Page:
Suppose I asked: "Does every X have property Y?"

Then I want to rephrase the question for the reader, in order to make use of some special terminology...

In other words, "Can an X exist without property Y?"

But, of course, even though I am essentially asking the same thing, these two questions are not the same and have different answers (yes for the first question and no for the second)

How can I introduce the second version? What is the relationship called?


I think you have answered your own question.

The best course of action is to just say "In other words ...". It implies that it's the same question and the answers to both questions actually mean one thing and it's easy to use.

Those two questions you asked might have different answers but only in wording because both answers mean the same thing. Or you could say Alternatively before the second question.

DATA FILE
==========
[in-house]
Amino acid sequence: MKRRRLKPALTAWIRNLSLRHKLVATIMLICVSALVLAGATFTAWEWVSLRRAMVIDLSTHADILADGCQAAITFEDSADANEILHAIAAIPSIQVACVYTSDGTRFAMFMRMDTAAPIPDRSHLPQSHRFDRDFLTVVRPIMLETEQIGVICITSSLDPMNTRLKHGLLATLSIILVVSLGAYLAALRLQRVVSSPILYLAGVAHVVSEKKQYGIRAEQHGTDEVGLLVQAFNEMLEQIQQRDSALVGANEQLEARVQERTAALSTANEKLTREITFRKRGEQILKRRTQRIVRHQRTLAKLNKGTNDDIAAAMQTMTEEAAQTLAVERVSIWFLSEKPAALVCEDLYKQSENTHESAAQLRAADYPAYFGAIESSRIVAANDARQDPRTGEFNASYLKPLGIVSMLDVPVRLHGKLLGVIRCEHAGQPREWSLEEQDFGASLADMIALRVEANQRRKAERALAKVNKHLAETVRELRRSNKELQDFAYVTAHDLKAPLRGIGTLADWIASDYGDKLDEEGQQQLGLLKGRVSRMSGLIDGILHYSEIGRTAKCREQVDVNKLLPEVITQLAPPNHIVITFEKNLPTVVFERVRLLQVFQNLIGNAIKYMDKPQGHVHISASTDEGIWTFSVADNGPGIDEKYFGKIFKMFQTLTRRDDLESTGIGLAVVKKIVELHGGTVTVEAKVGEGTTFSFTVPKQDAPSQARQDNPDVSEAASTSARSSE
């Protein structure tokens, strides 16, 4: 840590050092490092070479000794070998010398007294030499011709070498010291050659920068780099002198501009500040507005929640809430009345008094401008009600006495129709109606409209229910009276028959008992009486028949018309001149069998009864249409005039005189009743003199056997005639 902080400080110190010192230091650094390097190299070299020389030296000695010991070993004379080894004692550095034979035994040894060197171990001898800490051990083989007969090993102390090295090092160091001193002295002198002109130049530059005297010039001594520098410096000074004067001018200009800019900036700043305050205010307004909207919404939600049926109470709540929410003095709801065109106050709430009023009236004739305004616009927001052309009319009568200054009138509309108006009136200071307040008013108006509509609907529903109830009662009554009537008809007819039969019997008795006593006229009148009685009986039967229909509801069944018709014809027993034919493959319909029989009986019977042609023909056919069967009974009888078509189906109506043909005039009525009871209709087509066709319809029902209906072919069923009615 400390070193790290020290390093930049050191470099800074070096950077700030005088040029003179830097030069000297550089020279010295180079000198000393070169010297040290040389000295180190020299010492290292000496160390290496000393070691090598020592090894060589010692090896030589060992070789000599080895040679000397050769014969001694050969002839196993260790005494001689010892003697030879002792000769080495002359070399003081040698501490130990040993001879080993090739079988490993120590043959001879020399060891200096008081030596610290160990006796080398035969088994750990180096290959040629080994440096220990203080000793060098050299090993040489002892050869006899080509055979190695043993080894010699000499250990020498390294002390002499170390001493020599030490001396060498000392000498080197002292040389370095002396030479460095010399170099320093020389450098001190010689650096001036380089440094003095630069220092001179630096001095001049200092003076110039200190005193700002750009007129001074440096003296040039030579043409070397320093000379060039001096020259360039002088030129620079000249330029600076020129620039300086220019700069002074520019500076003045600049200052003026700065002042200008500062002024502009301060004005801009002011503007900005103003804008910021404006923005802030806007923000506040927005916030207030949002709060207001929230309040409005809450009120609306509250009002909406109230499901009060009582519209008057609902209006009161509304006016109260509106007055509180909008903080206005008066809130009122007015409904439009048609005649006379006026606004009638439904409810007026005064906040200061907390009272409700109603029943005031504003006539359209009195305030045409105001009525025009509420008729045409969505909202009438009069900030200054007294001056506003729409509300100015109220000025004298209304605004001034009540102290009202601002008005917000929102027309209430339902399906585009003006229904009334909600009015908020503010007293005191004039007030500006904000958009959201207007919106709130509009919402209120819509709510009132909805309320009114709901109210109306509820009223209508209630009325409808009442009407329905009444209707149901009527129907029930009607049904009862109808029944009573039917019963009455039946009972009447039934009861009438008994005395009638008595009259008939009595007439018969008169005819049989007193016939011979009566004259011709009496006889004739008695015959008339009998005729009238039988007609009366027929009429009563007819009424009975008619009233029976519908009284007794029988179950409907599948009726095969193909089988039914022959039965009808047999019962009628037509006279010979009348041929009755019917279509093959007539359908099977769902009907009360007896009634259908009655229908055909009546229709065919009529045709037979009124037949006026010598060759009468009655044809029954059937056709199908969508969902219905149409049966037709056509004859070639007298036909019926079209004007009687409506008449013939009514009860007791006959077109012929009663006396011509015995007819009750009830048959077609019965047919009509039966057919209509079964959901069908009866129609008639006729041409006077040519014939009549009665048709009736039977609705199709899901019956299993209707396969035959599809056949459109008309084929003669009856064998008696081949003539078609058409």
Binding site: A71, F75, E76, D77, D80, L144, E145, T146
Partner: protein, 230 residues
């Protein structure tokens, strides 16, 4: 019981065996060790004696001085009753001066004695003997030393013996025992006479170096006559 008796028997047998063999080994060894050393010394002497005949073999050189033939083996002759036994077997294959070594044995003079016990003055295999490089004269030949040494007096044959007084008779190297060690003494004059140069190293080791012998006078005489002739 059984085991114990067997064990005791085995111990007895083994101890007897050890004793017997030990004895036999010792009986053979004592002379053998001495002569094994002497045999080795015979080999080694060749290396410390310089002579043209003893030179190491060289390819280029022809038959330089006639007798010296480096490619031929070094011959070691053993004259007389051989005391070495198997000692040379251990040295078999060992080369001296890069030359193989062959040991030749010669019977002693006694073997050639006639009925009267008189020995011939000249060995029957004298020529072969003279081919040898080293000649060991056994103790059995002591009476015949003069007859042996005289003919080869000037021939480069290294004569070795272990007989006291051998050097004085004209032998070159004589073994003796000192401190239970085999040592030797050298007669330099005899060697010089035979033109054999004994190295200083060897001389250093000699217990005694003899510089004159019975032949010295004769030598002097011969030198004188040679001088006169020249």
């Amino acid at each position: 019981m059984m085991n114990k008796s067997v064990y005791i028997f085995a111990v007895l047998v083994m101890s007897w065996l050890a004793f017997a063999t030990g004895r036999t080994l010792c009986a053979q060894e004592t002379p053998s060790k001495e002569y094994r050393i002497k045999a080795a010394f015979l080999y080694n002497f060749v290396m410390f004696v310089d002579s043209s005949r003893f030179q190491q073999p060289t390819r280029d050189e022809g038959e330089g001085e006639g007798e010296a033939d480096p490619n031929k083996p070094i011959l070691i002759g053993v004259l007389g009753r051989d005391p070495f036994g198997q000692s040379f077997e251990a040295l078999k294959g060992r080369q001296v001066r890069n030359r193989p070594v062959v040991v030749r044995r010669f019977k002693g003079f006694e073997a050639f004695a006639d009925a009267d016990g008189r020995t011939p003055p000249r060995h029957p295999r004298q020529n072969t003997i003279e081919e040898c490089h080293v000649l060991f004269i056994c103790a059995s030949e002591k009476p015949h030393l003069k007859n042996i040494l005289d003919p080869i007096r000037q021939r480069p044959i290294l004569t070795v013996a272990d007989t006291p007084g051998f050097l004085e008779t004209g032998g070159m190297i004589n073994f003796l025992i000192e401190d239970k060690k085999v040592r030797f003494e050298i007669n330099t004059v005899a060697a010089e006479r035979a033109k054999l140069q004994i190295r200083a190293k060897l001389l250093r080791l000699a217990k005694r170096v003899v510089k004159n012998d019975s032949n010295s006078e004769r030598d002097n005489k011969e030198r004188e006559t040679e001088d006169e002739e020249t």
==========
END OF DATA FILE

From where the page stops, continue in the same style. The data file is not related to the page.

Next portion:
• I like your "alternatively, ..." suggestion – Forever Mozart Nov 20 '17 at 18:41

I would call the second question the negation of the first. In symbols, the first question asks whether ∀X Y(X), and the second asks whether ∃X ¬Y(X). These statements are the logical negations of each other.

I'm ignoring your use of "can", which suggests the possibility–necessity distinction of modal logic, because I presume you don't mean to invoke that.


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